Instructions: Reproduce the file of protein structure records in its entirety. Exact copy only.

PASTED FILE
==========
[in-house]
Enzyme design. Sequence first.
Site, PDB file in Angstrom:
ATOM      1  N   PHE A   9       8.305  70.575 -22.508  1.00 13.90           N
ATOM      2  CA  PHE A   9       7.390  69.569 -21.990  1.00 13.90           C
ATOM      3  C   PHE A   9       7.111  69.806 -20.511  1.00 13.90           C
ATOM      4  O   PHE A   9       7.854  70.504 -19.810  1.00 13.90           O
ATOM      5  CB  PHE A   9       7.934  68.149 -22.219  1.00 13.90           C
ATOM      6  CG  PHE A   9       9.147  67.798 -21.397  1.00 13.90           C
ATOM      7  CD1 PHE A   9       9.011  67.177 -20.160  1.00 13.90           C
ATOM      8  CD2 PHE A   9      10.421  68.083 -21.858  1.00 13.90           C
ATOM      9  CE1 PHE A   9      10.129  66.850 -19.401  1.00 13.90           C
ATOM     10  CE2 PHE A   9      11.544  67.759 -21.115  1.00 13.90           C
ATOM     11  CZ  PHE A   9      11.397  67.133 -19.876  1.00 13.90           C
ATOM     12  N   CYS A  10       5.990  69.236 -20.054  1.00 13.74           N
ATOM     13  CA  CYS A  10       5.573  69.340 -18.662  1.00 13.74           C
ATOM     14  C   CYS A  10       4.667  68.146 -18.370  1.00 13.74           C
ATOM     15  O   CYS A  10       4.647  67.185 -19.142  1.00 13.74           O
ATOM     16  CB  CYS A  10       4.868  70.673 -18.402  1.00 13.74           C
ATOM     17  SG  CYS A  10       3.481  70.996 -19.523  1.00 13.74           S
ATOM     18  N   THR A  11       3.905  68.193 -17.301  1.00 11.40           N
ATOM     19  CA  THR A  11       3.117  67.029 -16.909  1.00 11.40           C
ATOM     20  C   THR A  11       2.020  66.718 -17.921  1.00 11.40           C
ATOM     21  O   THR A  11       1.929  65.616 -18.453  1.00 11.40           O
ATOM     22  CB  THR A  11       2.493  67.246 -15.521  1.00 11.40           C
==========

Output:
[in-house]
Enzyme design. Sequence first.
Site, PDB file in Angstrom:
ATOM      1  N   PHE A   9       8.305  70.575 -22.508  1.00 13.90           N
ATOM      2  CA  PHE A   9       7.390  69.569 -21.990  1.00 13.90           C
ATOM      3  C   PHE A   9       7.111  69.806 -20.511  1.00 13.90           C
ATOM      4  O   PHE A   9       7.854  70.504 -19.810  1.00 13.90           O
ATOM      5  CB  PHE A   9       7.934  68.149 -22.219  1.00 13.90           C
ATOM      6  CG  PHE A   9       9.147  67.798 -21.397  1.00 13.90           C
ATOM      7  CD1 PHE A   9       9.011  67.177 -20.160  1.00 13.90           C
ATOM      8  CD2 PHE A   9      10.421  68.083 -21.858  1.00 13.90           C
ATOM      9  CE1 PHE A   9      10.129  66.850 -19.401  1.00 13.90           C
ATOM     10  CE2 PHE A   9      11.544  67.759 -21.115  1.00 13.90           C
ATOM     11  CZ  PHE A   9      11.397  67.133 -19.876  1.00 13.90           C
ATOM     12  N   CYS A  10       5.990  69.236 -20.054  1.00 13.74           N
ATOM     13  CA  CYS A  10       5.573  69.340 -18.662  1.00 13.74           C
ATOM     14  C   CYS A  10       4.667  68.146 -18.370  1.00 13.74           C
ATOM     15  O   CYS A  10       4.647  67.185 -19.142  1.00 13.74           O
ATOM     16  CB  CYS A  10       4.868  70.673 -18.402  1.00 13.74           C
ATOM     17  SG  CYS A  10       3.481  70.996 -19.523  1.00 13.74           S
ATOM     18  N   THR A  11       3.905  68.193 -17.301  1.00 11.40           N
ATOM     19  CA  THR A  11       3.117  67.029 -16.909  1.00 11.40           C
ATOM     20  C   THR A  11       2.020  66.718 -17.921  1.00 11.40           C
ATOM     21  O   THR A  11       1.929  65.616 -18.453  1.00 11.40           O
ATOM     22  CB  THR A  11       2.493  67.246 -15.521  1.00 11.40           C